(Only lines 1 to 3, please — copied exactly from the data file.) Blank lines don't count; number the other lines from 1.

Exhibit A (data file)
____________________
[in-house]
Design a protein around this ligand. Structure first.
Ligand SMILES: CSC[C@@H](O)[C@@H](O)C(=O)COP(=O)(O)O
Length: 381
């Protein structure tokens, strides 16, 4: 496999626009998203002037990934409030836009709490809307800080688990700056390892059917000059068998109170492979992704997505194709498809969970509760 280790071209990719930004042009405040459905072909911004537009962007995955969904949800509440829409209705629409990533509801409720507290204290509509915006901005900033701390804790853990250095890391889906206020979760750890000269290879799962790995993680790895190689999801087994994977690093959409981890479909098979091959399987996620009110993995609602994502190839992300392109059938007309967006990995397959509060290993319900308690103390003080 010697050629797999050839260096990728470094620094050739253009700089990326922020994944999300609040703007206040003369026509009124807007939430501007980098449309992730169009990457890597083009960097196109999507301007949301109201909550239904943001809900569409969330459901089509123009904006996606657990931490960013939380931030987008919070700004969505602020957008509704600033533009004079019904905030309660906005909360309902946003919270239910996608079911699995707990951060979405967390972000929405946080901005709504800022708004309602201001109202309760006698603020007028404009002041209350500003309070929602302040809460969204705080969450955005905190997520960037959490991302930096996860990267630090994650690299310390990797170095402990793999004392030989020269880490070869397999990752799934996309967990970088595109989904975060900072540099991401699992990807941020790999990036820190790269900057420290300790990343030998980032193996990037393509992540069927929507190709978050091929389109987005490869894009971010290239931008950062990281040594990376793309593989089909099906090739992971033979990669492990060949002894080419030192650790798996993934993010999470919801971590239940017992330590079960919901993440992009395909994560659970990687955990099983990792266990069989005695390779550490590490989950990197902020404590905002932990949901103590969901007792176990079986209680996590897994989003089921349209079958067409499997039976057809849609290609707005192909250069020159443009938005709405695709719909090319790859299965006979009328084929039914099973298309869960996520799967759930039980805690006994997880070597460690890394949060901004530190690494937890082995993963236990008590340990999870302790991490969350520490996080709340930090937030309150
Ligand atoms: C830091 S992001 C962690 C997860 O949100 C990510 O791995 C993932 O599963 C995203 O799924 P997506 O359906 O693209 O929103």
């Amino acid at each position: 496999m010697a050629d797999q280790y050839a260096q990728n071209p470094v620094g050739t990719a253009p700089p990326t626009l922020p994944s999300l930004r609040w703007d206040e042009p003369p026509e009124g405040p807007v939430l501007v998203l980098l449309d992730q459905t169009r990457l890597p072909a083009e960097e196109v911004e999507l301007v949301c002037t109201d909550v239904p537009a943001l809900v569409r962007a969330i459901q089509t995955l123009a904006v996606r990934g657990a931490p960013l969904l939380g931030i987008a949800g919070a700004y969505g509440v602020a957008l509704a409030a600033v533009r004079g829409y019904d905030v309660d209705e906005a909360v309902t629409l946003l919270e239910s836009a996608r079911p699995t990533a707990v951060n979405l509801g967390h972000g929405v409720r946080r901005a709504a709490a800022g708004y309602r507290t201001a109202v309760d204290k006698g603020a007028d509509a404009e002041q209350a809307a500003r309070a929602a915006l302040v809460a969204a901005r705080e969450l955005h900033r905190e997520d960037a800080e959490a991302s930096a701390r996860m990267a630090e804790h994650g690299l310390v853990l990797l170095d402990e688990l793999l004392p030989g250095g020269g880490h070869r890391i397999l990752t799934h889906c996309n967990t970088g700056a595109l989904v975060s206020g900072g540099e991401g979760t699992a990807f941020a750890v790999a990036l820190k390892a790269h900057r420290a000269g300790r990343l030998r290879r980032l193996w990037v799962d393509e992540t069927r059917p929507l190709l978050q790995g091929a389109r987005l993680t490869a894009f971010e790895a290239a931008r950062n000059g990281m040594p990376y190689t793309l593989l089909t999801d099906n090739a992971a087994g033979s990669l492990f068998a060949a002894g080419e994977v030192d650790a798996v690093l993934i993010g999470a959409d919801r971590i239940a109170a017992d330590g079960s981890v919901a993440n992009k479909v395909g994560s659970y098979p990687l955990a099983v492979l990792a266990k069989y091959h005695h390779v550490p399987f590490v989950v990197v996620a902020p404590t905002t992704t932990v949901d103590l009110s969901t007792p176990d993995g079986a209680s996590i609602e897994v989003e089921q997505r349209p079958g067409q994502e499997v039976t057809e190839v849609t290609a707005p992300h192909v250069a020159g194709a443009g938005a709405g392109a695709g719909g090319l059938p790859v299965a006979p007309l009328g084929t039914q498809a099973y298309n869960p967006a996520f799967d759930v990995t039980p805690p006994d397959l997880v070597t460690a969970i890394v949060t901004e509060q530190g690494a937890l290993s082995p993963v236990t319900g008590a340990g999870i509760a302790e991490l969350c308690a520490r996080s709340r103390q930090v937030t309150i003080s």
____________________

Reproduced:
[in-house]
Design a protein around this ligand. Structure first.
Ligand SMILES: CSC[C@@H](O)[C@@H](O)C(=O)COP(=O)(O)O